Vassilevska V., Williams R., Yuster R. (2006) Finding the Smallest H-Subgraph in Real Weighted Graphs and Related Problems. In: Bugliesi M., Preneel B., Sassone V., Wegener I. (eds) Automata, Languages and Programming. ICALP 2006. Lecture Notes in Computer Science, vol 4051. Springer, Berlin, Heidelberg
Let G be a graph with real weights assigned to the vertices (edges). The weight of a subgraph of G is the sum of the weights of its vertices (edges). The MIN H-SUBGRAPH problem is to find a minimum weight subgraph isomorphic to H, if one exists. Our main results are new algorithms for the MIN H-SUBGRAPH problem. The only operations we allow on real numbers are additions and comparisons. Our algorithms are based, in part, on fast matrix multiplication.
For vertex-weighted graphs with n vertices we obtain the following results. We present an O(nt(ω,h)) time algorithm for MIN H-SUBGRAPH in case H is a fixed graph with h vertices and ω< 2.376 is the exponent of matrix multiplication. The value of t(ω,h) is determined by solving a small integer program. In particular, the smallest triangle can be found in O(n2 + 1/(4 − ω)) ≤o(n2.616) time, the smallest K4 in O(nω + 1) time, the smallest K7 in O(n4 + 3/(4 − ω)) time. As h grows, t(ω,h) converges to 3h/(6-ω) < 0.828h. Interestingly, only for h = 4,5,8 the running time of our algorithm essentially matches that of the (unweighted) H-subgraph detection problem. Already for triangles, our results improve upon the main result of [VW06]. Using rectangular matrix multiplication, the value of t(ω,h) can be improved; for example, the runtime for triangles becomes O(n2.575). We also present an algorithm whose running time is a function of m, the number of edges. In particular, the smallest triangle can be found in O(m(18 − 4ω)/(13 − 3ω)) ≤o(m1.45) time.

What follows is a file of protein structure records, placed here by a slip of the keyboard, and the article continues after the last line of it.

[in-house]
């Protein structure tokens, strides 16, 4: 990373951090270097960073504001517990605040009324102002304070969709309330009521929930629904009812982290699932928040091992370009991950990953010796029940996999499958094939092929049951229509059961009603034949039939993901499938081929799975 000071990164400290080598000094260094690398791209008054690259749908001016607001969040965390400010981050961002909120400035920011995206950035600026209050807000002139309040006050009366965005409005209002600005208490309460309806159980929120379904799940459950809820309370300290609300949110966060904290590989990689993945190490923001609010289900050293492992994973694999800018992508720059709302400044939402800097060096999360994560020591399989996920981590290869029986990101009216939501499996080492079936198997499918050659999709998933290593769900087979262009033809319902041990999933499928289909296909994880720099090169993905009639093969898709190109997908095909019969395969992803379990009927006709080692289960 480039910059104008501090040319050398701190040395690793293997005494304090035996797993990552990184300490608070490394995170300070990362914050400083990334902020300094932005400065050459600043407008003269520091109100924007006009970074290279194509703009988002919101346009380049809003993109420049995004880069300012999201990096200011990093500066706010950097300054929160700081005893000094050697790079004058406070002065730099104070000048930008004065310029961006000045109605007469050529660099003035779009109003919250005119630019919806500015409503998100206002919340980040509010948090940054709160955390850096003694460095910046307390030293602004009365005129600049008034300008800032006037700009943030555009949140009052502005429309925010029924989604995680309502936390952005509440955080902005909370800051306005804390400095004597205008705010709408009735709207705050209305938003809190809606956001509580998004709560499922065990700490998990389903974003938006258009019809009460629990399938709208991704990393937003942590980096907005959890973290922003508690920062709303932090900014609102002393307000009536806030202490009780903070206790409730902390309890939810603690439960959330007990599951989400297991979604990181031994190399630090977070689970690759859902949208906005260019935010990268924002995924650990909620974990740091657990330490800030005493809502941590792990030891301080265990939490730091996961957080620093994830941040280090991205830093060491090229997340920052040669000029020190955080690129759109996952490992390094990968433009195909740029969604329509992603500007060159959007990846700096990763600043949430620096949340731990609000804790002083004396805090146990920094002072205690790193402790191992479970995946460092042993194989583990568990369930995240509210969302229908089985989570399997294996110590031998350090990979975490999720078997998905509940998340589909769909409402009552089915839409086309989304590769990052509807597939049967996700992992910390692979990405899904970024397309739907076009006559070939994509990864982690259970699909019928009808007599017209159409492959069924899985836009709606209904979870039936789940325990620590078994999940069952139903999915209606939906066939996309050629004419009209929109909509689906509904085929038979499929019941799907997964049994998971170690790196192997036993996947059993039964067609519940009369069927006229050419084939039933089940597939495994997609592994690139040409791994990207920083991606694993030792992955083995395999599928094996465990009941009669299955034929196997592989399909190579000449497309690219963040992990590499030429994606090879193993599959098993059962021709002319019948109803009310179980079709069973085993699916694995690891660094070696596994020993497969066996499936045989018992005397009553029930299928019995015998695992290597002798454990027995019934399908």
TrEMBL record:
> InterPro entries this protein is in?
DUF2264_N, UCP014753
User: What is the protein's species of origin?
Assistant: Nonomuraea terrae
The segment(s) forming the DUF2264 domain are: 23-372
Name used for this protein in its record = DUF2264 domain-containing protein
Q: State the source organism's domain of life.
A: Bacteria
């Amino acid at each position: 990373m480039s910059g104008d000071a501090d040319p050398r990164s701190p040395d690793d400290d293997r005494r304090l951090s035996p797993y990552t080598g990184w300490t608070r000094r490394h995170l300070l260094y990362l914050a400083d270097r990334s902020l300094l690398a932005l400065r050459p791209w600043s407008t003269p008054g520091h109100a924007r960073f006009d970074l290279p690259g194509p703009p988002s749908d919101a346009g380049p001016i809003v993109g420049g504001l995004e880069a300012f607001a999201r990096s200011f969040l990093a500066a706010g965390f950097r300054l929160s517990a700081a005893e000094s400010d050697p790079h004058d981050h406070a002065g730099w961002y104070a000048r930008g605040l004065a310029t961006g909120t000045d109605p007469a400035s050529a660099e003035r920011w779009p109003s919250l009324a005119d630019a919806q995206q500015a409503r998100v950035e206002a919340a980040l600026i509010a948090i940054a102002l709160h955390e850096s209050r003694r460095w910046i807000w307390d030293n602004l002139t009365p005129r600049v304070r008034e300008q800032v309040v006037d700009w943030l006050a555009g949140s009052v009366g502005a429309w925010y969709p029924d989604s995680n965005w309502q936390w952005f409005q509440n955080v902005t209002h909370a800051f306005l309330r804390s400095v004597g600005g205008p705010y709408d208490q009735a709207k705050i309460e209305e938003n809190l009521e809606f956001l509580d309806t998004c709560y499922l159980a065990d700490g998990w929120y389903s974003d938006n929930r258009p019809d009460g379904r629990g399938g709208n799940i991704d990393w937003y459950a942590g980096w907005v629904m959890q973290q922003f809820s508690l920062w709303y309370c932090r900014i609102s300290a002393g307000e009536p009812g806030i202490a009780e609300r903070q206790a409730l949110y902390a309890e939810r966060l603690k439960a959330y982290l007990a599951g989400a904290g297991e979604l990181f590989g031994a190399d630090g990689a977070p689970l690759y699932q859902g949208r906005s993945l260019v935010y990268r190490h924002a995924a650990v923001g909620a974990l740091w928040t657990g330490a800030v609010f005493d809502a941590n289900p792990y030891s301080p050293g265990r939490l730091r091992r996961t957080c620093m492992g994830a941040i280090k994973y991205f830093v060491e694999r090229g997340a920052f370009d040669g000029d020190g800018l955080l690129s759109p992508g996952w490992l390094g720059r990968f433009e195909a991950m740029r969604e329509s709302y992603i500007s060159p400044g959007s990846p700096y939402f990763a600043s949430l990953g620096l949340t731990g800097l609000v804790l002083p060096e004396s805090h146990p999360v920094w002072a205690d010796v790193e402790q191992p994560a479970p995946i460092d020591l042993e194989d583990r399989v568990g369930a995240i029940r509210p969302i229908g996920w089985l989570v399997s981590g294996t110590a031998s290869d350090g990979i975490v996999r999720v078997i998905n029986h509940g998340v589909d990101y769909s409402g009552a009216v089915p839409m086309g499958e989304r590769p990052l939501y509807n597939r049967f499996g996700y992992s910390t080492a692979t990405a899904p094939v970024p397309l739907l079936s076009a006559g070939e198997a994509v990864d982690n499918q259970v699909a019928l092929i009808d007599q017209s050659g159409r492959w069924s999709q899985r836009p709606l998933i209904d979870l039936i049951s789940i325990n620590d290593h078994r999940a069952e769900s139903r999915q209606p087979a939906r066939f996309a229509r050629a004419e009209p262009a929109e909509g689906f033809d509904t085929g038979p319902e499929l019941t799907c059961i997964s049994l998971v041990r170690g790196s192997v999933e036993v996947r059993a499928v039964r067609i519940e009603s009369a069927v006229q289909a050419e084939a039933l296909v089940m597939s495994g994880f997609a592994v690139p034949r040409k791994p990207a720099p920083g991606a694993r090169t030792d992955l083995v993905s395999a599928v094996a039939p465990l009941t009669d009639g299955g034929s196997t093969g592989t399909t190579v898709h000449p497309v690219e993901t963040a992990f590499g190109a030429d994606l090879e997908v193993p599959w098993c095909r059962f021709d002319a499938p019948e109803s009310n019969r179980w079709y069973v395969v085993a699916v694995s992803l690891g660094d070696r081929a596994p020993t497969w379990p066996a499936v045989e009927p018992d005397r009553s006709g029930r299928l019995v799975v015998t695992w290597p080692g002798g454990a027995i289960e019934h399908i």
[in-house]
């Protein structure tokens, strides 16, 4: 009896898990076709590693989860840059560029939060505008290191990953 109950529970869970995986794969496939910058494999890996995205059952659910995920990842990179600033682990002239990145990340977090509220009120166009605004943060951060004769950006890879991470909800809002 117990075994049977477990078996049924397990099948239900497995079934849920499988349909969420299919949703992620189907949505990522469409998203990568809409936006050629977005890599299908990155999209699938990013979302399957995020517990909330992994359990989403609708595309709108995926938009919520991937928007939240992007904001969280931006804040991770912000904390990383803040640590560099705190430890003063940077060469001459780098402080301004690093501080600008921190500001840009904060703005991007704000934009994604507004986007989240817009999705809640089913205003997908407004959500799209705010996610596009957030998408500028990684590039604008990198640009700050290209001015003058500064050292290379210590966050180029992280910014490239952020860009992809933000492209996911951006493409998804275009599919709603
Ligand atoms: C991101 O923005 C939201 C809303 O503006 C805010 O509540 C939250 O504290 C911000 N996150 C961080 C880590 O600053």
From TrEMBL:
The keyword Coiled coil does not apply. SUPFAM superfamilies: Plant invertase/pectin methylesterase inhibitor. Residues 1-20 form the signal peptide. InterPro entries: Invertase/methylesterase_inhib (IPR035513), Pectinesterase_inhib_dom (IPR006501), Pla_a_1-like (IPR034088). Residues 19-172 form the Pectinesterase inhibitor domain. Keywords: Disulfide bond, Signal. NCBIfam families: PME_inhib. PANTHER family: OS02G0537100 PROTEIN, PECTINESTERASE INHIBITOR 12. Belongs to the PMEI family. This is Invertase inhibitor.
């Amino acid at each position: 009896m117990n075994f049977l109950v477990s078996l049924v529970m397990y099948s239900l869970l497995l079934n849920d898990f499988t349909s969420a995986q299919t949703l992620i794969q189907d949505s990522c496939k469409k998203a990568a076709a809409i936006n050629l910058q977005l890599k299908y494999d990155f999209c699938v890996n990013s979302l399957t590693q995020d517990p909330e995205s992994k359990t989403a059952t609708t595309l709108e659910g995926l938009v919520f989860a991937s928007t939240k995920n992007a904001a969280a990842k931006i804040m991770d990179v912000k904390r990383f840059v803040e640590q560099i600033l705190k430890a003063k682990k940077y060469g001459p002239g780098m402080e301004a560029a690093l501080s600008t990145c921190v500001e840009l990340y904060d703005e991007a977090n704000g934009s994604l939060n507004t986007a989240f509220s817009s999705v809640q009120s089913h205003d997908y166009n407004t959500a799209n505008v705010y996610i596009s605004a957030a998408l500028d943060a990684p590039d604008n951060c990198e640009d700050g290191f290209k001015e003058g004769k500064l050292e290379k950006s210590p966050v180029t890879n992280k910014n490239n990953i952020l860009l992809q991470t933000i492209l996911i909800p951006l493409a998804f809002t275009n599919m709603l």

For edge-weighted graphs we present an O(m2 − 1/k logn) time algorithm that finds the smallest cycle of length 2k or 2k-1. This running time is identical, up to a logarithmic factor, to the running time of the algorithm of Alon et al. for the unweighted case. Using the color coding method and a recent algorithm of Chan for distance products, we obtain an O(n3/logn) time randomized algorithm for finding the smallest cycle of any fixed length.